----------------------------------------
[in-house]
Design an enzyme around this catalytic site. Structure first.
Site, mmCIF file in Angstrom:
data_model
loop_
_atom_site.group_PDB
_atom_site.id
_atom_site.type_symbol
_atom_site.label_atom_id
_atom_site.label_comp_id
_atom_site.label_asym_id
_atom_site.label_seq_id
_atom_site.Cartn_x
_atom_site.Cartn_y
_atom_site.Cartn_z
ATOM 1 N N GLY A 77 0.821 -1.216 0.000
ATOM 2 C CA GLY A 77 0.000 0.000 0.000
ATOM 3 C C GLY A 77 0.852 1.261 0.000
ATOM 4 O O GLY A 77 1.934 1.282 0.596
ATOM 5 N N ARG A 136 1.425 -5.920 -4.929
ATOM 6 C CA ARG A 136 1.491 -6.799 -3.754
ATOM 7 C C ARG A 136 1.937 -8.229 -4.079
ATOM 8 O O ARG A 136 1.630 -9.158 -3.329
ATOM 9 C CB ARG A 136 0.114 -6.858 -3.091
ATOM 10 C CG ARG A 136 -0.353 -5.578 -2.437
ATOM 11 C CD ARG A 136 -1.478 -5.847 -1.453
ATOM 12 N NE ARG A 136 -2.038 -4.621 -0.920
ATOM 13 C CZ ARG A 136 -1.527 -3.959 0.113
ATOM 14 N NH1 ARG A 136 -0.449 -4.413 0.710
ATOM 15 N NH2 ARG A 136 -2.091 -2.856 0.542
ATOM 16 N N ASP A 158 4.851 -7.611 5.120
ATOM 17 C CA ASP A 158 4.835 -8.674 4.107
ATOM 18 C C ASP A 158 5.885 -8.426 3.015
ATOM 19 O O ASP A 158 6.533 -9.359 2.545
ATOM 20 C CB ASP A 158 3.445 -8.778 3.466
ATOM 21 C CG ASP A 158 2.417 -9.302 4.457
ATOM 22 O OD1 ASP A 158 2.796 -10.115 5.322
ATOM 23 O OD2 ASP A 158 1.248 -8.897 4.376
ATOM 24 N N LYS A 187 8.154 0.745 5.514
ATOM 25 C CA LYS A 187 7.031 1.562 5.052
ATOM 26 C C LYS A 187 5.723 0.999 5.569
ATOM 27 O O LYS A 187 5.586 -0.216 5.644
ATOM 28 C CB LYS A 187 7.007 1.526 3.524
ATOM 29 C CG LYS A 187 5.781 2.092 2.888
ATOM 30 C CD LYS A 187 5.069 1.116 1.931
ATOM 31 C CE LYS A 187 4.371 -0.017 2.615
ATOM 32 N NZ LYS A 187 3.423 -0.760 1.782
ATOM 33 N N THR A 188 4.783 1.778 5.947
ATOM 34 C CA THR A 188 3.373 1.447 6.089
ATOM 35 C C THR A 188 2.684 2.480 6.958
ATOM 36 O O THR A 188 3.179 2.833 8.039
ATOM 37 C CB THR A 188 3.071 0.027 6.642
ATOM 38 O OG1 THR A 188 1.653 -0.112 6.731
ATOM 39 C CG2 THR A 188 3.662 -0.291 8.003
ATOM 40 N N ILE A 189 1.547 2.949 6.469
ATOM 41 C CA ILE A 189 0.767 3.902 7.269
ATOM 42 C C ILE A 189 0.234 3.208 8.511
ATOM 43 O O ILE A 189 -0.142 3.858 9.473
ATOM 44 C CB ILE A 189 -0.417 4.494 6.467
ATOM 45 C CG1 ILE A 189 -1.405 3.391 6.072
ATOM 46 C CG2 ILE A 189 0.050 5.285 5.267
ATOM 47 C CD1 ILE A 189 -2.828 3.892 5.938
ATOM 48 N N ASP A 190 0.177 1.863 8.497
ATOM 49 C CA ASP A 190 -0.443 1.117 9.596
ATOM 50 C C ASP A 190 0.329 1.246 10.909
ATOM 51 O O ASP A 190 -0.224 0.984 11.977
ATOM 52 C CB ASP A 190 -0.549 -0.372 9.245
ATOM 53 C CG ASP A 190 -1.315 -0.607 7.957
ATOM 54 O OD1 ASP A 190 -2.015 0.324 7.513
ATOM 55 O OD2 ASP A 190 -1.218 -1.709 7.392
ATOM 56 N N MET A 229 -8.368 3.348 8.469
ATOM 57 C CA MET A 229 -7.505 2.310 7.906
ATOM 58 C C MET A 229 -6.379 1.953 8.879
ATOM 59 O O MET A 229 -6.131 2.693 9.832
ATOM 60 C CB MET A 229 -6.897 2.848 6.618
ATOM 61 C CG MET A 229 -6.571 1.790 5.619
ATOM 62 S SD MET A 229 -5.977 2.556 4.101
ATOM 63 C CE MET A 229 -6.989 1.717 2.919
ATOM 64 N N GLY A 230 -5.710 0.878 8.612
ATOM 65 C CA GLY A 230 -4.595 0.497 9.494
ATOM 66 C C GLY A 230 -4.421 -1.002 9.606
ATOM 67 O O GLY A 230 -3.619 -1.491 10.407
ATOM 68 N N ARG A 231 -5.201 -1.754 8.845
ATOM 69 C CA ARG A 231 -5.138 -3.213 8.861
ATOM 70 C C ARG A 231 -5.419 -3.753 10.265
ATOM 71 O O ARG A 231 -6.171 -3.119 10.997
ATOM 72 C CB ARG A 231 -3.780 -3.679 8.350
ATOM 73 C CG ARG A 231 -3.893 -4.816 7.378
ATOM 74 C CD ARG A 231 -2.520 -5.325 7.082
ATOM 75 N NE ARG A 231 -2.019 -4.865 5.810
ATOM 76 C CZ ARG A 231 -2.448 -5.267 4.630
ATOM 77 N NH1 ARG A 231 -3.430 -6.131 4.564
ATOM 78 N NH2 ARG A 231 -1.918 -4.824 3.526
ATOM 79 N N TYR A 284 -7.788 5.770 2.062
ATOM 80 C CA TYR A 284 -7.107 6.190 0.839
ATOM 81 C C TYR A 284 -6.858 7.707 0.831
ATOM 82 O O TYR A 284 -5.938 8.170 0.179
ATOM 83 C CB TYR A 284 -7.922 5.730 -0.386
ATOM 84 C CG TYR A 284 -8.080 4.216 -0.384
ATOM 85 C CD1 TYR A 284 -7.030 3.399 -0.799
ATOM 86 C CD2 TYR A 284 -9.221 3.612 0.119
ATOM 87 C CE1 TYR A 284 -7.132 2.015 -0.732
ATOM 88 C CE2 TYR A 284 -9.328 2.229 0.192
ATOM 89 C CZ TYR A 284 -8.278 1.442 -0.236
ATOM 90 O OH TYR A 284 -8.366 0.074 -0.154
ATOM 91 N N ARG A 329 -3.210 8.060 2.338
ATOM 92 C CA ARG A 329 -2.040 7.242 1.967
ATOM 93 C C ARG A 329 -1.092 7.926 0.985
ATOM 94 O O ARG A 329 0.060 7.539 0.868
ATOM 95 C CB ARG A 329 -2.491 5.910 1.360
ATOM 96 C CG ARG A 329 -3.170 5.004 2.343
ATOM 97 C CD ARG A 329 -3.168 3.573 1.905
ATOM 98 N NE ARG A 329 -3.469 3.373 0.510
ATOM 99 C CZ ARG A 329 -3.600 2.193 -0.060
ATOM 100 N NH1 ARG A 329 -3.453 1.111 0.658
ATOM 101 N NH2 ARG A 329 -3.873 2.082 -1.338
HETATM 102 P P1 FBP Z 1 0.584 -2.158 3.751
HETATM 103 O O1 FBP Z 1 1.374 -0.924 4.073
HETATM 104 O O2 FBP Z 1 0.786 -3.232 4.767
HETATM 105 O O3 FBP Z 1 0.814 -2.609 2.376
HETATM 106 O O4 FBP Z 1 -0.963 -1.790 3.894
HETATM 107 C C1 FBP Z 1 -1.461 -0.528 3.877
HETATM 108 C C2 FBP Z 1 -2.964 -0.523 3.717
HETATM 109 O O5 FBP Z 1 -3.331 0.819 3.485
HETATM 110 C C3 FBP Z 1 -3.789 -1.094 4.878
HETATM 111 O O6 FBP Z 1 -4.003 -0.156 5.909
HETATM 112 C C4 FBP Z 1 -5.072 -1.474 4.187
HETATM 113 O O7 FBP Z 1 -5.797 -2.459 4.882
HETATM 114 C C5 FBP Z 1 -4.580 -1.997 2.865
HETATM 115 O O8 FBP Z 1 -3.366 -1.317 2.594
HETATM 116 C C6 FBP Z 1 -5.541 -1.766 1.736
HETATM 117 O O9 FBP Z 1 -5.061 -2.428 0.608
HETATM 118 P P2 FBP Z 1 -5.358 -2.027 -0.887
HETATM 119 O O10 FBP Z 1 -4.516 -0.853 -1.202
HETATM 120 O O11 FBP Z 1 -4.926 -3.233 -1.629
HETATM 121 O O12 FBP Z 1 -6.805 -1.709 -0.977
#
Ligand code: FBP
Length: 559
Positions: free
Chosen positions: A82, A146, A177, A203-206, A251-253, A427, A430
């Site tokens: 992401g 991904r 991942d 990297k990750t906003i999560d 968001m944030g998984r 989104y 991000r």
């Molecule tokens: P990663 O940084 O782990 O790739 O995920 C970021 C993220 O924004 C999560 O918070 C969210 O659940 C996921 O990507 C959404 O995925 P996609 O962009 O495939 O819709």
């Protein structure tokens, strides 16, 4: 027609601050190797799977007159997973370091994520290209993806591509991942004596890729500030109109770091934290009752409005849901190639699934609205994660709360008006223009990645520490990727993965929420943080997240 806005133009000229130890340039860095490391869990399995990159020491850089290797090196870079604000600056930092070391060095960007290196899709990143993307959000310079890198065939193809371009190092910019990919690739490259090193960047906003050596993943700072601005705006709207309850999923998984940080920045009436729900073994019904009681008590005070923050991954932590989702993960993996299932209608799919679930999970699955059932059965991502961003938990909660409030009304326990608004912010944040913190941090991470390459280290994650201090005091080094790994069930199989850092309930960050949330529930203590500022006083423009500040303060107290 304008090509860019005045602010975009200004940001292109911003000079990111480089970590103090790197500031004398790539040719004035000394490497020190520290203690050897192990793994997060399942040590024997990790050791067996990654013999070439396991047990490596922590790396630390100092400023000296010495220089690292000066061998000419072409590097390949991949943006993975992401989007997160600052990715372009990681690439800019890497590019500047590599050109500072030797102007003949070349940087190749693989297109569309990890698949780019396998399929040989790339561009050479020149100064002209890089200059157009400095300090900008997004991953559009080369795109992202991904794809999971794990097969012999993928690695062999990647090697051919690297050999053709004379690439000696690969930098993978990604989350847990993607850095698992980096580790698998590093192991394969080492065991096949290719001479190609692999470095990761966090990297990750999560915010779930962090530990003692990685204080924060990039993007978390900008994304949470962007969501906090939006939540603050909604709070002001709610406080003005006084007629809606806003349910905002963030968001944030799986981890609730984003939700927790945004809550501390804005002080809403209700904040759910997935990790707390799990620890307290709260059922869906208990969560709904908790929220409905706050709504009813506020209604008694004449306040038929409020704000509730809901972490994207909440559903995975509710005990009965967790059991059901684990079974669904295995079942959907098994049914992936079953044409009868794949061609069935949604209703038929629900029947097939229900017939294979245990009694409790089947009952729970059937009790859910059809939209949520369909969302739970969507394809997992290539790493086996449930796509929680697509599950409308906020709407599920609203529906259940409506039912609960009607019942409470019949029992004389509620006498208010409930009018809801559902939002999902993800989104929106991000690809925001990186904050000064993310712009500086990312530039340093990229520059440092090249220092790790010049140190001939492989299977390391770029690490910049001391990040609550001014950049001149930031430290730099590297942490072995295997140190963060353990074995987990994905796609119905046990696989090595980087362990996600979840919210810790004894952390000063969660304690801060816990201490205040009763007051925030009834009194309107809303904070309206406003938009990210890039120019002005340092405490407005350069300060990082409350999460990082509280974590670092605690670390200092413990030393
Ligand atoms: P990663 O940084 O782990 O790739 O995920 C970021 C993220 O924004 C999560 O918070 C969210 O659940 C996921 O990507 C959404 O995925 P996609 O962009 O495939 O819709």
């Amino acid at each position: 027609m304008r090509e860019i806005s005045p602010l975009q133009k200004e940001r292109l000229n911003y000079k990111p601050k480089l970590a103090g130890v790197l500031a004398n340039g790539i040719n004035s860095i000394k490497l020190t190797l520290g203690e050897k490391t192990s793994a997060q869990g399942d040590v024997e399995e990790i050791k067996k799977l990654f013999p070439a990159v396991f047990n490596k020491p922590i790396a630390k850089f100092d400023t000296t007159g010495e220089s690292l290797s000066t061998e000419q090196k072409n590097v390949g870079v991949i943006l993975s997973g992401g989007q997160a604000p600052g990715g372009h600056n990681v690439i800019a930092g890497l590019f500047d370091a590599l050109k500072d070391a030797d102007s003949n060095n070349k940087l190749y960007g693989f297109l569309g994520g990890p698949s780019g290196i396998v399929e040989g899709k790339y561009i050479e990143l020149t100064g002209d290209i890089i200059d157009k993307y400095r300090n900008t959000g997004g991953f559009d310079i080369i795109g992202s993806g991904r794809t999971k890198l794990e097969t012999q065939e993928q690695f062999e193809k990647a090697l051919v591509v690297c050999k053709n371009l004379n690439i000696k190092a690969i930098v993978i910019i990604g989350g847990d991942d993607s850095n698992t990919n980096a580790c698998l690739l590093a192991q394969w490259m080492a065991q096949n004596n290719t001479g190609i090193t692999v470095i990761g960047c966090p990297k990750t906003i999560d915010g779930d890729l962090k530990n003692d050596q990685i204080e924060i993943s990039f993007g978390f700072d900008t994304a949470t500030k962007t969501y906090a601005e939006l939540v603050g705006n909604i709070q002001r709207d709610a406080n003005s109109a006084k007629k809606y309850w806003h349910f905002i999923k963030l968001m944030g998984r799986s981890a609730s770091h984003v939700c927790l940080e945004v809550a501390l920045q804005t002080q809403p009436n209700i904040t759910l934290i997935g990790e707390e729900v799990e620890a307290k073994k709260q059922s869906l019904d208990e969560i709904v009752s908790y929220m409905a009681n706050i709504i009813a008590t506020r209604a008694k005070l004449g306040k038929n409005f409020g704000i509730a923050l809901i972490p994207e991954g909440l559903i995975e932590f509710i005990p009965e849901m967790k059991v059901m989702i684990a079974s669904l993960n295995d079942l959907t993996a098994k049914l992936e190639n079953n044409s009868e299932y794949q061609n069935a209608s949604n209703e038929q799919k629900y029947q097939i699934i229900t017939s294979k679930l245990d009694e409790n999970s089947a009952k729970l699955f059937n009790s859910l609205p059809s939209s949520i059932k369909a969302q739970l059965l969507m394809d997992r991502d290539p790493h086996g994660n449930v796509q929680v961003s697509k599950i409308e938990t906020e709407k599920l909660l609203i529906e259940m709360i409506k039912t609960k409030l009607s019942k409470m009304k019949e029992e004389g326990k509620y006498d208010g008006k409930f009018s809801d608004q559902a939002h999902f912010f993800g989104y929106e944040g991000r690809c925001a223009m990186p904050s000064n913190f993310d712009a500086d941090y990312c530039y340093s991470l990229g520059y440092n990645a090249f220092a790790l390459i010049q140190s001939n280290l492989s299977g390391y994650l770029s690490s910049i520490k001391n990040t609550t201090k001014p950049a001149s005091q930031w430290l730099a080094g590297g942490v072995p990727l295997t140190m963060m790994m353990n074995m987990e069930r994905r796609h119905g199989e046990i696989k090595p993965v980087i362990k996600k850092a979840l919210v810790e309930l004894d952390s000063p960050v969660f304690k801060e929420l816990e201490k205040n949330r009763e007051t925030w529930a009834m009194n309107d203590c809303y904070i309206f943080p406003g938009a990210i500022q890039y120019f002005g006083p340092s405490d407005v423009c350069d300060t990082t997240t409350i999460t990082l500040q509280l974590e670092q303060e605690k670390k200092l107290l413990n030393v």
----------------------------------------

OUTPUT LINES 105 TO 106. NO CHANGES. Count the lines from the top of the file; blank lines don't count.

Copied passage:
ATOM 90 O OH TYR A 284 -8.366 0.074 -0.154
ATOM 91 N N ARG A 329 -3.210 8.060 2.338